Nowadays, you can use your phone on a plane without fear that the entire fuselage will fall out of the sky. However, you might still want to keep the phone on airplane mode (or off) during your flight, because a new revelation from the Snowden leaks claims that the NSA can listen in if you use your cell up in the air.
Le Monde and The Intercept report that British and American intelligence agencies have been monitoring cell phone use on commercial flights since 2005.
When you turn your phone on above 10,000 feet, it lets the NSA know your location, according to a leaked 2010 internal newsletter. The newsletter starts with a little riddle demonstrating the scope of the surveillance:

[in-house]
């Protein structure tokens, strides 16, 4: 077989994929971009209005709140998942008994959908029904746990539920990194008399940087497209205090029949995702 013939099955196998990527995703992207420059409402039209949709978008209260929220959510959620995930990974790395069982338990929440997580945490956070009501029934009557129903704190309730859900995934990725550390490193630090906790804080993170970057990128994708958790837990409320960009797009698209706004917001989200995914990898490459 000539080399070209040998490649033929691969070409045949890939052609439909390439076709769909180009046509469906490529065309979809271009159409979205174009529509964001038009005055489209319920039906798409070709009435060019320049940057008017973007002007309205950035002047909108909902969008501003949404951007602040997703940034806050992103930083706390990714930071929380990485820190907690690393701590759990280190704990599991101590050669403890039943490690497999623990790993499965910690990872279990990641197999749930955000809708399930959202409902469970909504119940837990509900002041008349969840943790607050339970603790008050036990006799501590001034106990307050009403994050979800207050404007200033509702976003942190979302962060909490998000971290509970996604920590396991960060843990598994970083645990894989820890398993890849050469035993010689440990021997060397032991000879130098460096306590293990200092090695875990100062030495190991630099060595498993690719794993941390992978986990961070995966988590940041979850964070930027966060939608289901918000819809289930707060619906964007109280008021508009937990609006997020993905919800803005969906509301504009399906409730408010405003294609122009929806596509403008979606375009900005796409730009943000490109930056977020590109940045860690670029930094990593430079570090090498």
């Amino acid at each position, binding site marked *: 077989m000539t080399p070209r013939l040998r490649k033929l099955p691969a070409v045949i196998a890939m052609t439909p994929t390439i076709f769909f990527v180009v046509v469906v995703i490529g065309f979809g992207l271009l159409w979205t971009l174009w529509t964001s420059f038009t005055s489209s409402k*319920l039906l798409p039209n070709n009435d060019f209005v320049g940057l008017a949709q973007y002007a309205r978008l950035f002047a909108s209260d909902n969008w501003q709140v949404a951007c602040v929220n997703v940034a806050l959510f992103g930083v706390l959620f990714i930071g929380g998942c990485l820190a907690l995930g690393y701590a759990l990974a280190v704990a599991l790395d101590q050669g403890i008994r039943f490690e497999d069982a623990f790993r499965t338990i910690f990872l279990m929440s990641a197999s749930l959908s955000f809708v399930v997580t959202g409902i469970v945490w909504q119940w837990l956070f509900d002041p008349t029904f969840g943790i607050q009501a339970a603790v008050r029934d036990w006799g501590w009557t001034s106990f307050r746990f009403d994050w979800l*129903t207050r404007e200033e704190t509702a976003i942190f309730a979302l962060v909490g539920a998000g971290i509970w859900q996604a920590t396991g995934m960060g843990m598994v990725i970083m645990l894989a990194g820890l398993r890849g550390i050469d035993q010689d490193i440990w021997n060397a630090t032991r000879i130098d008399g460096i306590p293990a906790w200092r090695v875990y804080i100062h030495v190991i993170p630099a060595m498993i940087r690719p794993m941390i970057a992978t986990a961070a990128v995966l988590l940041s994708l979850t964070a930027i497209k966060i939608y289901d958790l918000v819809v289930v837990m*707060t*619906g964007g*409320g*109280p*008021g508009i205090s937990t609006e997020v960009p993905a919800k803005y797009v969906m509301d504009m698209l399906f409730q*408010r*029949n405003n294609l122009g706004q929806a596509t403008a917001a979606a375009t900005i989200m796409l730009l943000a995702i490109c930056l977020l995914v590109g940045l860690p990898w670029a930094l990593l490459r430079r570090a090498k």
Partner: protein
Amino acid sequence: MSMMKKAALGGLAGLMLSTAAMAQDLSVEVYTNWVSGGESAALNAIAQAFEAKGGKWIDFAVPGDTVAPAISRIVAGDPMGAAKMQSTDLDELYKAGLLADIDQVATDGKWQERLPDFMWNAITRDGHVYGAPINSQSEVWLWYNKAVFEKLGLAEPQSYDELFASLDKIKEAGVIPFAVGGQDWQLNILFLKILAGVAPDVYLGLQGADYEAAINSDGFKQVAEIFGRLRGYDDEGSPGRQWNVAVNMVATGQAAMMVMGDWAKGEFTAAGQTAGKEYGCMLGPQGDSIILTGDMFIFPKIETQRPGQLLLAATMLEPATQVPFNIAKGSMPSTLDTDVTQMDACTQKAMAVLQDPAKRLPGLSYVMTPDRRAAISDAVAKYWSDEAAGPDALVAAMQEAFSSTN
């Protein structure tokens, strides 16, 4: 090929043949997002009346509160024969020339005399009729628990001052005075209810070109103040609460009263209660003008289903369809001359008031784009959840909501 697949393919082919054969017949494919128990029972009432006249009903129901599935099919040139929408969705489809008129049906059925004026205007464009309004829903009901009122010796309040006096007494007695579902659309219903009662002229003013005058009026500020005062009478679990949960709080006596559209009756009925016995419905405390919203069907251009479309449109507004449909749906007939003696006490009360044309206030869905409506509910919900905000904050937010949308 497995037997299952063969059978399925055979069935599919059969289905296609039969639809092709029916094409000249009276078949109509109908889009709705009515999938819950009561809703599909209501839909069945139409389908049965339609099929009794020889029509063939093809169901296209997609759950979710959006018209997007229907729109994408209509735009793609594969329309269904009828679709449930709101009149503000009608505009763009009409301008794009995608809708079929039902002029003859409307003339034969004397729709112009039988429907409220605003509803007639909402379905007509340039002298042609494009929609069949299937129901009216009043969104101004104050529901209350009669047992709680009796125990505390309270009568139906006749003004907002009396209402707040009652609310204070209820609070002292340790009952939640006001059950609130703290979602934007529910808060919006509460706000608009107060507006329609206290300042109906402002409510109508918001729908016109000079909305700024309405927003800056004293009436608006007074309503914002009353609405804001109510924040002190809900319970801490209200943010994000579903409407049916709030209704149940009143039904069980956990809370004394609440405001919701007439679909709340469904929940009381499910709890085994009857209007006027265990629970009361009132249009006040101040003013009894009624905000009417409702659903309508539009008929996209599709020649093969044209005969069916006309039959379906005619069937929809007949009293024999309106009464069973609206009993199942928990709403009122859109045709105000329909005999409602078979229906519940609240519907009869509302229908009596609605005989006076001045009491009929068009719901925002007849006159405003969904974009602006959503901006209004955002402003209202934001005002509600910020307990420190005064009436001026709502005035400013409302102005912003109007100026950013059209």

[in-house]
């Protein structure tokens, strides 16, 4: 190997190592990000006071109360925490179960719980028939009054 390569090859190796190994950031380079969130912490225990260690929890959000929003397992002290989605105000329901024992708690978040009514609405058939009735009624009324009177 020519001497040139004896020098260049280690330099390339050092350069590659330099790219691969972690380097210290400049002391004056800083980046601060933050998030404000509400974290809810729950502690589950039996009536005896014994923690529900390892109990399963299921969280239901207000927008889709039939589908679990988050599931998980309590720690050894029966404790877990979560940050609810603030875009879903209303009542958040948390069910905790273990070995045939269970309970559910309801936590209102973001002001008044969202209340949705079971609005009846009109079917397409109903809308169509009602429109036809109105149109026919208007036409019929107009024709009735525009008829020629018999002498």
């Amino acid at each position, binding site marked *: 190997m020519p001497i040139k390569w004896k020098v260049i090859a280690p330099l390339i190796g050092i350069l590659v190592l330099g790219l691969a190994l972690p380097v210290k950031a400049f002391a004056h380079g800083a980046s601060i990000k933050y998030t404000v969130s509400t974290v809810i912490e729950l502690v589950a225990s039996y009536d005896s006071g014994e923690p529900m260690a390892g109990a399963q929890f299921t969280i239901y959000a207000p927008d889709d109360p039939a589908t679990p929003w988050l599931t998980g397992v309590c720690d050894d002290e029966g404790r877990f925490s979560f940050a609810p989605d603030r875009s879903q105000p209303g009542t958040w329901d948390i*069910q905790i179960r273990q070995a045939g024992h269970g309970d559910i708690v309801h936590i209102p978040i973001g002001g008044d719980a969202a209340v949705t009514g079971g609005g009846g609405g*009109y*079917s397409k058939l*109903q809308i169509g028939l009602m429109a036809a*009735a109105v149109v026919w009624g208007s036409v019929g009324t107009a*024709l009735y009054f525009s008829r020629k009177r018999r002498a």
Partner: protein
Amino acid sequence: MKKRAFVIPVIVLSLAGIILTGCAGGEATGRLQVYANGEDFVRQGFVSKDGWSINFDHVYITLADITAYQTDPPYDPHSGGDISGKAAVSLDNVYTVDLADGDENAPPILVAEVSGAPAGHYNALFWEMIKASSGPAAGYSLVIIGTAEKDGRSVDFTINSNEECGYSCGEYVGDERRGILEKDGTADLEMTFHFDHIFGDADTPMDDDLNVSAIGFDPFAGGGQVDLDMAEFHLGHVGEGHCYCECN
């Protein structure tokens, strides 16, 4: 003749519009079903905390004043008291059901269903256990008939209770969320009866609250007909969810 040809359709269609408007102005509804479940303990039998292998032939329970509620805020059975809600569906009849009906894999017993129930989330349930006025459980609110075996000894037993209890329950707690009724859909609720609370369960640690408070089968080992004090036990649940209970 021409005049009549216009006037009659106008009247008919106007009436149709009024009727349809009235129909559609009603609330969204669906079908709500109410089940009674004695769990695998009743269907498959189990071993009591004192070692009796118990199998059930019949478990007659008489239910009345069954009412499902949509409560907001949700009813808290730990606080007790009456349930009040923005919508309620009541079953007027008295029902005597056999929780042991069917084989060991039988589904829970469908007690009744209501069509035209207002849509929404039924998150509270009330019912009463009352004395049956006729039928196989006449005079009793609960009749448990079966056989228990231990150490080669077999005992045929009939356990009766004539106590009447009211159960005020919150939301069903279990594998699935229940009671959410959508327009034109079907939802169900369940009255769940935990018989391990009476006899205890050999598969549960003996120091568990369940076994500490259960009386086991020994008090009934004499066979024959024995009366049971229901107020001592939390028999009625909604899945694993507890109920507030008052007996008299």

What do the President of Pakistan, a cigar smuggler, an arms dealer, a counterterrorism target, and a combatting proliferation target have in common? They all used their everyday GSM phone during a flight.
Using secret aerial stations on the ground, intelligence agencies can intercept signals in “near real time,” allowing them to extract data, including email addresses and Facebook ID data which they could cross reference with flight and passenger data.
These spy programs had cheeky names like “Thieving Magpie” and “Homing Pigeon,” according to Glenn Greenwald in his 2014 book No Place to Hide.
So, you know, just one more thing to be afraid of when you fly — and yet another reason why you shouldn’t bring a Samsung Galaxy Note 7 aboard.